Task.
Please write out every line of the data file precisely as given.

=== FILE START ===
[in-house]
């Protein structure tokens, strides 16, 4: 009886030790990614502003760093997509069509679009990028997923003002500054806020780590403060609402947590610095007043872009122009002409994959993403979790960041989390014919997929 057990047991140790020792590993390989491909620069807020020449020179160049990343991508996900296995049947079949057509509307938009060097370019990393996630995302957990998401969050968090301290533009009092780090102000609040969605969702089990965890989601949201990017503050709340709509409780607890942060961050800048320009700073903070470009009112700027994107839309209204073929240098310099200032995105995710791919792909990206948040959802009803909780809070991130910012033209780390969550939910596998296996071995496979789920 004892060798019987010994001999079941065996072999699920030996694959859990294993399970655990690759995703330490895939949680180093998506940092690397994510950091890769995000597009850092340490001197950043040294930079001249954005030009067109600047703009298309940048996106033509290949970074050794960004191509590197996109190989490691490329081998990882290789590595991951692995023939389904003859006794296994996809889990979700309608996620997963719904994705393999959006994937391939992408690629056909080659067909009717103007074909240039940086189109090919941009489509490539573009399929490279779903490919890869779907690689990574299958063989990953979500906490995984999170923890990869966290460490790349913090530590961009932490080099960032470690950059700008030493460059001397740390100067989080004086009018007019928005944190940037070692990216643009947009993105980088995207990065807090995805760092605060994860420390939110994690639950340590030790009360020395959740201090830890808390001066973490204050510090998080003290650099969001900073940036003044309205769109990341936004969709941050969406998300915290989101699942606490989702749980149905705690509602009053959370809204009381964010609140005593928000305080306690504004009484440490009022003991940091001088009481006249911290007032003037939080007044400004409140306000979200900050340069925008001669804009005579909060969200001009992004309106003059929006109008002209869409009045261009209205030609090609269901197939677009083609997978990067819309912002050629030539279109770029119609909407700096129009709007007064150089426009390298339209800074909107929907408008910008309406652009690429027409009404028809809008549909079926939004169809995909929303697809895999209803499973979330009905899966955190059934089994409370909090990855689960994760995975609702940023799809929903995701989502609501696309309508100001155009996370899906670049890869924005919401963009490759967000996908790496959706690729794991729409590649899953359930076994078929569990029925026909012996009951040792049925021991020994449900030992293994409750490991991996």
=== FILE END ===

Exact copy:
[in-house]
């Protein structure tokens, strides 16, 4: 009886030790990614502003760093997509069509679009990028997923003002500054806020780590403060609402947590610095007043872009122009002409994959993403979790960041989390014919997929 057990047991140790020792590993390989491909620069807020020449020179160049990343991508996900296995049947079949057509509307938009060097370019990393996630995302957990998401969050968090301290533009009092780090102000609040969605969702089990965890989601949201990017503050709340709509409780607890942060961050800048320009700073903070470009009112700027994107839309209204073929240098310099200032995105995710791919792909990206948040959802009803909780809070991130910012033209780390969550939910596998296996071995496979789920 004892060798019987010994001999079941065996072999699920030996694959859990294993399970655990690759995703330490895939949680180093998506940092690397994510950091890769995000597009850092340490001197950043040294930079001249954005030009067109600047703009298309940048996106033509290949970074050794960004191509590197996109190989490691490329081998990882290789590595991951692995023939389904003859006794296994996809889990979700309608996620997963719904994705393999959006994937391939992408690629056909080659067909009717103007074909240039940086189109090919941009489509490539573009399929490279779903490919890869779907690689990574299958063989990953979500906490995984999170923890990869966290460490790349913090530590961009932490080099960032470690950059700008030493460059001397740390100067989080004086009018007019928005944190940037070692990216643009947009993105980088995207990065807090995805760092605060994860420390939110994690639950340590030790009360020395959740201090830890808390001066973490204050510090998080003290650099969001900073940036003044309205769109990341936004969709941050969406998300915290989101699942606490989702749980149905705690509602009053959370809204009381964010609140005593928000305080306690504004009484440490009022003991940091001088009481006249911290007032003037939080007044400004409140306000979200900050340069925008001669804009005579909060969200001009992004309106003059929006109008002209869409009045261009209205030609090609269901197939677009083609997978990067819309912002050629030539279109770029119609909407700096129009709007007064150089426009390298339209800074909107929907408008910008309406652009690429027409009404028809809008549909079926939004169809995909929303697809895999209803499973979330009905899966955190059934089994409370909090990855689960994760995975609702940023799809929903995701989502609501696309309508100001155009996370899906670049890869924005919401963009490759967000996908790496959706690729794991729409590649899953359930076994078929569990029925026909012996009951040792049925021991020994449900030992293994409750490991991996």